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A Project of The Annenberg Public Policy Center

The Democratic Letter to Ukraine

In May 2018, three Democratic senators wrote to the Ukrainian prosecutor general, asking about a news report that he had frozen four Ukrainian investigations involving Paul Manafort to avoid angering President Donald Trump. Republicans have called the letter a “threat” to withhold support for aid to Ukraine, saying it’s similar to what critics have charged Trump did.

There’s no explicit “threat” to take any actions in the letter. Whether there’s an implied threat involving U.S. support of Ukraine is a matter of opinion, but politicians have gone too far in claiming the Democratic letter is “the same kind of stuff they’re accusing Trump of,” in the words of Sen. Rand Paul.

Republicans have adopted this talking point to counter Democratic accusations that Trump withheld military assistance to Ukraine to pressure the country into investigating Democratic presidential candidate and former Vice President Joe Biden and his son, Hunter, and allegations that Ukraine interfered in the 2016 U.S. presidential election. There are key differences between the Democratic letter and Trump’s actions:

  • The Democratic letter did not mention U.S. aid to Ukraine but described support for Ukraine building “democratic institutions.” Trump told Ukrainian President Volodymyr Zelensky in a July call that “we do a lot for Ukraine,” but it’s not necessarily “reciprocal,” according to a White House memo of the call. Trump then asked Zelensky to investigate the Bidens and Ukraine’s role in the 2016 election.
  • The Democrats took no action to withhold U.S. aid to Ukraine; Trump admitted that he placed a hold on security assistance to Ukraine the month of the phone call. The situation alarmed the charge d’affaires at the U.S. Embassy in Ukraine who expressed concern that security assistance was contingent on Trump’s requests for investigations.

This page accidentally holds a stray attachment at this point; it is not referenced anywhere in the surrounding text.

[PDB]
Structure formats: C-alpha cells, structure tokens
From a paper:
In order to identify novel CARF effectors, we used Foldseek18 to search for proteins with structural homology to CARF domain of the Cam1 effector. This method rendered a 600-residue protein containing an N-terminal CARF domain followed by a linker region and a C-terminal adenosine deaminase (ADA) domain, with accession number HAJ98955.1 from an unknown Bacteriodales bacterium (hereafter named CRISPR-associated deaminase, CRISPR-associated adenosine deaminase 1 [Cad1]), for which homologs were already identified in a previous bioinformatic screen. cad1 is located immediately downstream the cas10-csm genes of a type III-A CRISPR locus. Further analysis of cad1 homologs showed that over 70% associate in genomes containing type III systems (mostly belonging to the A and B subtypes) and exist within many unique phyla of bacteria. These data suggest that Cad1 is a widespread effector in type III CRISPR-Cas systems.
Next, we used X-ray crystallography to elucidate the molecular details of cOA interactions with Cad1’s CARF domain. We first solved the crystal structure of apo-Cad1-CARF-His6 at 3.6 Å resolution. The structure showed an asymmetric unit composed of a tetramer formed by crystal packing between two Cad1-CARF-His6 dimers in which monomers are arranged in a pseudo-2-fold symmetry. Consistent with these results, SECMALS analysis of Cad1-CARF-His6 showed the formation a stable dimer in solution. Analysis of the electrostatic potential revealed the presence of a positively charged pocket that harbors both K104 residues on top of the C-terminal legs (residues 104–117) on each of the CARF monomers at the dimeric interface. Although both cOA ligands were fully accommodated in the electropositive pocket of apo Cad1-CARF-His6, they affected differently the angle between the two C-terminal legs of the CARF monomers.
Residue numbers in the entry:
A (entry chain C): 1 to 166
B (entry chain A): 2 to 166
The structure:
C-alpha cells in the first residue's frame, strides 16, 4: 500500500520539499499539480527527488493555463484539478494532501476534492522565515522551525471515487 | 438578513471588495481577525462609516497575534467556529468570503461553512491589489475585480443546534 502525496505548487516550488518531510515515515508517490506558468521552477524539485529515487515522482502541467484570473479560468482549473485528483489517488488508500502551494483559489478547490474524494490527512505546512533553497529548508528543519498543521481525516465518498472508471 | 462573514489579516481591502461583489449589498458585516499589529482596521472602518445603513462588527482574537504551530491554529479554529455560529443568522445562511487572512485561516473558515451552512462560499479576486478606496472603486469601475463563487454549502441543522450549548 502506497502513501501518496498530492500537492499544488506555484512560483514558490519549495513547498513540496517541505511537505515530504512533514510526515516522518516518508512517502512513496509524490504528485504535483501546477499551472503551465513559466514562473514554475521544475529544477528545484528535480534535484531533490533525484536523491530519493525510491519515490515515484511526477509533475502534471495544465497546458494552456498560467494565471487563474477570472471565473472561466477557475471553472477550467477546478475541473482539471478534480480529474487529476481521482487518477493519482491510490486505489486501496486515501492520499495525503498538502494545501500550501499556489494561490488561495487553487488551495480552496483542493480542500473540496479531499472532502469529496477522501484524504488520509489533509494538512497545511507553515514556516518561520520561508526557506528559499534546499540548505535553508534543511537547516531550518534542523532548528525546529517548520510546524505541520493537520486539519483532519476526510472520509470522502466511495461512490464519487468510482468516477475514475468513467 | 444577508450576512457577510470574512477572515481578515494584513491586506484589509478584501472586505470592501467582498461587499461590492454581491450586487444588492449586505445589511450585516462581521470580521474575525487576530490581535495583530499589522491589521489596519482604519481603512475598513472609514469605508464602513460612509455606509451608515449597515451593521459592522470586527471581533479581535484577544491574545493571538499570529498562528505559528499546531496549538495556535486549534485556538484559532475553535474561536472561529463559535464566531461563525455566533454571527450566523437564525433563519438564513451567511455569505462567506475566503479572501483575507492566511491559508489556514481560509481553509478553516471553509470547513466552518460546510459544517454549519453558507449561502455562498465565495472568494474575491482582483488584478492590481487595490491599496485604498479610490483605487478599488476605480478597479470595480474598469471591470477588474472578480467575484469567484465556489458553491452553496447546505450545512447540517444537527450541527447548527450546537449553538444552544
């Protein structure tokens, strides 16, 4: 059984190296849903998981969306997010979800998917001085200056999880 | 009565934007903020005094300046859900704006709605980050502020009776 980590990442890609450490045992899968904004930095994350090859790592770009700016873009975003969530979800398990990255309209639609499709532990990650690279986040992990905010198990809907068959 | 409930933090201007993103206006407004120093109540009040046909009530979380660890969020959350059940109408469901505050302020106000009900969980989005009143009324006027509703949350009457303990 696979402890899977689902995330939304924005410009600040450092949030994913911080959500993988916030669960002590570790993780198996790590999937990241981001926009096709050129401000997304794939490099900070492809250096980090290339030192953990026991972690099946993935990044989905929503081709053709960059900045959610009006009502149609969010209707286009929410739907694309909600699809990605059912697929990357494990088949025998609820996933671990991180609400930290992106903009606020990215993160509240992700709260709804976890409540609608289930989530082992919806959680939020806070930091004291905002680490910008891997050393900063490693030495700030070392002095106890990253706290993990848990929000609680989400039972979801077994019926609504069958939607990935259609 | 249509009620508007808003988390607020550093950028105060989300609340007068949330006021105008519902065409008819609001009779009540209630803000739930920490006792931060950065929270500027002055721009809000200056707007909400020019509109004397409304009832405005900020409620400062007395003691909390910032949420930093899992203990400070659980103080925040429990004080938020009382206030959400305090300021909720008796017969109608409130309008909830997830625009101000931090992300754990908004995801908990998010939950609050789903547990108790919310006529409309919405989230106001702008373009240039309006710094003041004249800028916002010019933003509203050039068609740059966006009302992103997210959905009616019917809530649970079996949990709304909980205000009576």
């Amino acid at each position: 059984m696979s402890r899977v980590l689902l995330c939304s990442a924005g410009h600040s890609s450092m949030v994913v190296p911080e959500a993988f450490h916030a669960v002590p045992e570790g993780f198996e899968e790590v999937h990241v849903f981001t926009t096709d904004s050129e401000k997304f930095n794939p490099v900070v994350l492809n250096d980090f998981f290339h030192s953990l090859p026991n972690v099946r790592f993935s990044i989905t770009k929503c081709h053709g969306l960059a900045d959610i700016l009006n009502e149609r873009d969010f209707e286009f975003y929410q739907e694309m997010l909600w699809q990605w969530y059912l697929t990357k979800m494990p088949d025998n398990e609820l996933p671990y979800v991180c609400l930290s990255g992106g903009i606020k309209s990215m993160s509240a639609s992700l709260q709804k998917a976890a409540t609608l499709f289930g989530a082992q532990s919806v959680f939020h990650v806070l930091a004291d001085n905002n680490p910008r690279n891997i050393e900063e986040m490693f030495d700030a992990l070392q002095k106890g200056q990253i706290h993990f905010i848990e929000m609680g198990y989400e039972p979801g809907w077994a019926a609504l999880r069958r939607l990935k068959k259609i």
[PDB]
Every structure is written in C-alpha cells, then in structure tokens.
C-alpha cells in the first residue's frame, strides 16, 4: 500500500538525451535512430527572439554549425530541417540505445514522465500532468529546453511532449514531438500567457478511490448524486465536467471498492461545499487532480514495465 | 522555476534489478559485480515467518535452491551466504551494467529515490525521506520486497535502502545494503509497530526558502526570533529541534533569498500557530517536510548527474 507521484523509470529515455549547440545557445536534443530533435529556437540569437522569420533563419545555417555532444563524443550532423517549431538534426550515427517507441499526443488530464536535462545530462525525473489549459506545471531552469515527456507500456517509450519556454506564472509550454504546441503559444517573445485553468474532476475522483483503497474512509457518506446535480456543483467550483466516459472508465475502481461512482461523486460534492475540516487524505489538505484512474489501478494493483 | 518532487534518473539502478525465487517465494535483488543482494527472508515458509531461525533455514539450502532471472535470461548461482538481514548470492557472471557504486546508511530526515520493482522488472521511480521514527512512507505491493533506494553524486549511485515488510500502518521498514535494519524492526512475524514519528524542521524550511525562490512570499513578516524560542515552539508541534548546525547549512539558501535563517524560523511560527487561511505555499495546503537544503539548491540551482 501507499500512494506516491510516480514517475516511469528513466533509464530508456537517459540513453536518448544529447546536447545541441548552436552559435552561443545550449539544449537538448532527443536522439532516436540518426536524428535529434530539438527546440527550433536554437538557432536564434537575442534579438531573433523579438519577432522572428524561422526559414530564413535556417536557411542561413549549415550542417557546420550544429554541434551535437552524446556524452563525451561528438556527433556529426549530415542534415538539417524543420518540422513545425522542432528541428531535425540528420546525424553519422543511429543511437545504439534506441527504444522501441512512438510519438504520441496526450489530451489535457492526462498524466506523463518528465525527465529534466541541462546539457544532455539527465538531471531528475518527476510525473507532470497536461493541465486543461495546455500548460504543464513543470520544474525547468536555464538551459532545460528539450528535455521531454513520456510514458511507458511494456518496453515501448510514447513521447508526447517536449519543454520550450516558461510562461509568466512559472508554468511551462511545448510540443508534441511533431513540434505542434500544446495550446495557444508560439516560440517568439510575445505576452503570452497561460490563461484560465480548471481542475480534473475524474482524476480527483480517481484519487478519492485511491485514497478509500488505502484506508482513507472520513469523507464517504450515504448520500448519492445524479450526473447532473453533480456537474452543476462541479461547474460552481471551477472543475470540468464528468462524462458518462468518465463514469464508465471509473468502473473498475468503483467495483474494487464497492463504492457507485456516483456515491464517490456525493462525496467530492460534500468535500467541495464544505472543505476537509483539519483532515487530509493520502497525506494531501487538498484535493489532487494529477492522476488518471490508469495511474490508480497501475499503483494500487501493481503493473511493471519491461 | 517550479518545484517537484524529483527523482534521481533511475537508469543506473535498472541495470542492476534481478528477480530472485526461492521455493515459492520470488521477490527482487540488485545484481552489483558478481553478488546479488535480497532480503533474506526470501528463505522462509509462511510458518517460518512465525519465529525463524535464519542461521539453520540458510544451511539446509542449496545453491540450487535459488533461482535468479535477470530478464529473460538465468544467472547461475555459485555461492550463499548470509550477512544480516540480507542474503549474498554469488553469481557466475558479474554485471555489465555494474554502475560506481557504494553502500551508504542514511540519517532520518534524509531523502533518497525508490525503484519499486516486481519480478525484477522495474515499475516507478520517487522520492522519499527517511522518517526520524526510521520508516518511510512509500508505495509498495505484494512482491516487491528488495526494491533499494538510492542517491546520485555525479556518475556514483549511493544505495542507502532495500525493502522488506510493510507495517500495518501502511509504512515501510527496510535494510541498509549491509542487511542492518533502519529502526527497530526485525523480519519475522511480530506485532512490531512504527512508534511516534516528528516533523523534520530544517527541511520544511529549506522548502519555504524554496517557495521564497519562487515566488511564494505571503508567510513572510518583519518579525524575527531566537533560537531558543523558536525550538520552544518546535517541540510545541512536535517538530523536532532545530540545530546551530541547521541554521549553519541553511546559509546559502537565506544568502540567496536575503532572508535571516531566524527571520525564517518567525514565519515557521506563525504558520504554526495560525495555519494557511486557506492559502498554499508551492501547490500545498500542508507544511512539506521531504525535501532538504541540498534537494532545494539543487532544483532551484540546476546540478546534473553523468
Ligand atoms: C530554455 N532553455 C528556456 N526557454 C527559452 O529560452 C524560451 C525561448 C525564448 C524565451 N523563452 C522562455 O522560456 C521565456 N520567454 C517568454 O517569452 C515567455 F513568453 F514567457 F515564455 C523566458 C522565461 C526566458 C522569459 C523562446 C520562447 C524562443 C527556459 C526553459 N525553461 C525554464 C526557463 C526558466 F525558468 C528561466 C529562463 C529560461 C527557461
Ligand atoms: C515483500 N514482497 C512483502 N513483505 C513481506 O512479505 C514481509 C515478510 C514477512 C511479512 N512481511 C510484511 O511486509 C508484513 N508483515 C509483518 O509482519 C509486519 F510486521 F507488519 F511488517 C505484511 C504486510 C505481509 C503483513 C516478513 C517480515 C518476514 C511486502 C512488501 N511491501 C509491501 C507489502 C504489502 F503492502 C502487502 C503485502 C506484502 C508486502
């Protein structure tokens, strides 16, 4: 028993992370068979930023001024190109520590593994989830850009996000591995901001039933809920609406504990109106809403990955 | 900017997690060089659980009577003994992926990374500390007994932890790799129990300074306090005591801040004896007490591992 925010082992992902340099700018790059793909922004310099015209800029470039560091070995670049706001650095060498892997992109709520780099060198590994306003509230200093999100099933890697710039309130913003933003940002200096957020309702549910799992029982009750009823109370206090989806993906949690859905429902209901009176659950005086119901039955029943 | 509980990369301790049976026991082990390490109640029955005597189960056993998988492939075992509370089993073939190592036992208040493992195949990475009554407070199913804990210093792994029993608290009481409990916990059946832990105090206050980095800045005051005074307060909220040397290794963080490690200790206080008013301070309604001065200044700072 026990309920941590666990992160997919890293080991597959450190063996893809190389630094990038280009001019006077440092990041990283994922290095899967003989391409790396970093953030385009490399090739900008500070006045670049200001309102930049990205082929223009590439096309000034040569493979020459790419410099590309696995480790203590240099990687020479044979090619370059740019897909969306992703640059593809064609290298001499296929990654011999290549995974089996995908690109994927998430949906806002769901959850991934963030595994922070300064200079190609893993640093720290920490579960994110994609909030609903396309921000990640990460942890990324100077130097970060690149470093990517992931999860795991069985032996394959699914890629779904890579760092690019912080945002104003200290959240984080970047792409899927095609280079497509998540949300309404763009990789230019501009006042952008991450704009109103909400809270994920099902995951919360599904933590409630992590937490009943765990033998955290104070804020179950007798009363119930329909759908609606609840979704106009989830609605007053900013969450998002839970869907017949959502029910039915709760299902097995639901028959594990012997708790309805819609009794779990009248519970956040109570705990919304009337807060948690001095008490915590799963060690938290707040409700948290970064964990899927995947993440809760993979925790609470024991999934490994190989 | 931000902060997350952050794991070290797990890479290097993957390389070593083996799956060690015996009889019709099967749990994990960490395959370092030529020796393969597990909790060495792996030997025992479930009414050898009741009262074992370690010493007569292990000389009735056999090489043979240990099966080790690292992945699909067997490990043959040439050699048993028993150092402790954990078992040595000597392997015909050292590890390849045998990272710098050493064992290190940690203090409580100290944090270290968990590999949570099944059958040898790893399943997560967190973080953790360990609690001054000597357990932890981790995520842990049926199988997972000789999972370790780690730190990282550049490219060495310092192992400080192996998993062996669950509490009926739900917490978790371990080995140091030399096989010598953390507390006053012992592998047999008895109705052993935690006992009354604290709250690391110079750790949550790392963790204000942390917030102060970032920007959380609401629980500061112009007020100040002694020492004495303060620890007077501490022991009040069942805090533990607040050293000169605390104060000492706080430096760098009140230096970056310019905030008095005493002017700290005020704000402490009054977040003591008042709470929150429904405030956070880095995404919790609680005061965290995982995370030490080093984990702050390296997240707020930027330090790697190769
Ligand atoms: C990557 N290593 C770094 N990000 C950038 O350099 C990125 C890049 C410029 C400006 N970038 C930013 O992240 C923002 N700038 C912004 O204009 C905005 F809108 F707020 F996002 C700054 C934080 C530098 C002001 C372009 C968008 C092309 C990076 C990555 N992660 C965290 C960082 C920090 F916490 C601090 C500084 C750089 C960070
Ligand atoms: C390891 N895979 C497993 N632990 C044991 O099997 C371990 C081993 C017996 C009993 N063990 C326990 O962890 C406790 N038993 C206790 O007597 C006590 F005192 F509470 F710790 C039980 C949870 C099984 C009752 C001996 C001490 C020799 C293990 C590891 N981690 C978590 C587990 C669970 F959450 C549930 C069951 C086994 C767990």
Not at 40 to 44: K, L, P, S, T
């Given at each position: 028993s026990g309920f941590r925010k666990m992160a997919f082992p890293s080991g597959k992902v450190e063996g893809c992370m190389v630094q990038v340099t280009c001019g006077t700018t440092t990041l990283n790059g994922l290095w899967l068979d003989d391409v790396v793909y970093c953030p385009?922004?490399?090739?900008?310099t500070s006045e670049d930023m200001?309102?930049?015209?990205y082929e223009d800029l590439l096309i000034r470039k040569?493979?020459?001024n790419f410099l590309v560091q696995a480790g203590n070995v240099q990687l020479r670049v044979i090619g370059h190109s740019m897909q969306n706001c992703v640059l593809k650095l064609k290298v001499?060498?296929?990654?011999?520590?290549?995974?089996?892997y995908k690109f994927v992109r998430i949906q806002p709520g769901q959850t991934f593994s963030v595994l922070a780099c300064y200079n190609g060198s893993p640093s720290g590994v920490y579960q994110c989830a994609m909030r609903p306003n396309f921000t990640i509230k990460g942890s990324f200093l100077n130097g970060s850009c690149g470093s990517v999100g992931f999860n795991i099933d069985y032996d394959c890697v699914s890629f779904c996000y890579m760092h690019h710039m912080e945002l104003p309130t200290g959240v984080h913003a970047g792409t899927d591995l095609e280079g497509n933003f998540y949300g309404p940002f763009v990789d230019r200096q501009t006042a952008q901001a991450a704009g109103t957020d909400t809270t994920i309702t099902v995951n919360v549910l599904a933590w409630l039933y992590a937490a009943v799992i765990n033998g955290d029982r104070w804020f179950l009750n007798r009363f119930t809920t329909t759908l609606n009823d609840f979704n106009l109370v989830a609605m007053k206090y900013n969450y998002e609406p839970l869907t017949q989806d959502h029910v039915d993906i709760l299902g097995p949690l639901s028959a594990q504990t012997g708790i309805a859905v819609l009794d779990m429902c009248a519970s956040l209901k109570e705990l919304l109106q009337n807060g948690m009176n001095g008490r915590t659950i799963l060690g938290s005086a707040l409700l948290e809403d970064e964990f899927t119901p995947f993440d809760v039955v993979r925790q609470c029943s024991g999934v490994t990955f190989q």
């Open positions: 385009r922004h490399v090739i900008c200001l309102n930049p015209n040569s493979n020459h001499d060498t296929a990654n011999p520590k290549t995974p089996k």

• The Democratic senators wrote to ask about reports of Ukraine not cooperating with an existing U.S. investigation; Trump was asking Ukraine to open investigations involving a political rival and the 2016 election.

Paul, a Republican senator from Kentucky, used the GOP talking point during an interview on NBC’s “Meet the Press” on Oct. 13. “Well, here’s the thing is if you’re going to condemn Trump you need to condemn the Democrat senators. It shouldn’t be just one-sided,” Paul said. “Everybody’s going after President Trump. Someone needs to actually, in an objective way, evaluate a letter from four Democrats that said to Ukraine, ‘If you don’t keep investigating Trump we will reconsider our bipartisan support for aid.’ That’s a threat. And that’s the same kind of stuff they’re accusing Trump of.”

Trump himself referred to the letter in a Sept. 25 press conference. “And it got almost no attention, but in May, CNN reported that Senators Robert Menendez, Richard Durbin and Patrick Leahy wrote a letter to Ukraine’s prosecutor general expressing concern at the closing of four investigations they said were ‘critical,'” Trump said. “In the letter, they implied that their support for U.S. assistance to Ukraine was at stake and that if they didn’t do the right thing, they wouldn’t get any assistance. Gee, doesn’t that sound familiar?”

And Sen. Lindsey Graham mentioned the letter the same day in an interview on Fox News: “There was a letter sent by Democratic senators in May 2018 threatening the Ukraine to cut off aid if they did not investigate Trump.”

Trump gets it right when he says the Democratic senators were “expressing concern at the closing of four investigations they said were ‘critical,'” — wording that comes from a Washington Post opinion column — but the senators didn’t ask Ukraine to “investigate Trump” or threaten to “cut off aid,” as Graham said. The senators — Menendez, Durbin and Leahy — were asking about a New York Times report on May 2, 2018, that Yuriy Lutsenko, Ukraine’s prosecutor general, had “effectively frozen” four cases involving work done by Paul Manafort, Trump’s former campaign chairman, for former Ukrainian President Viktor Yanukovych.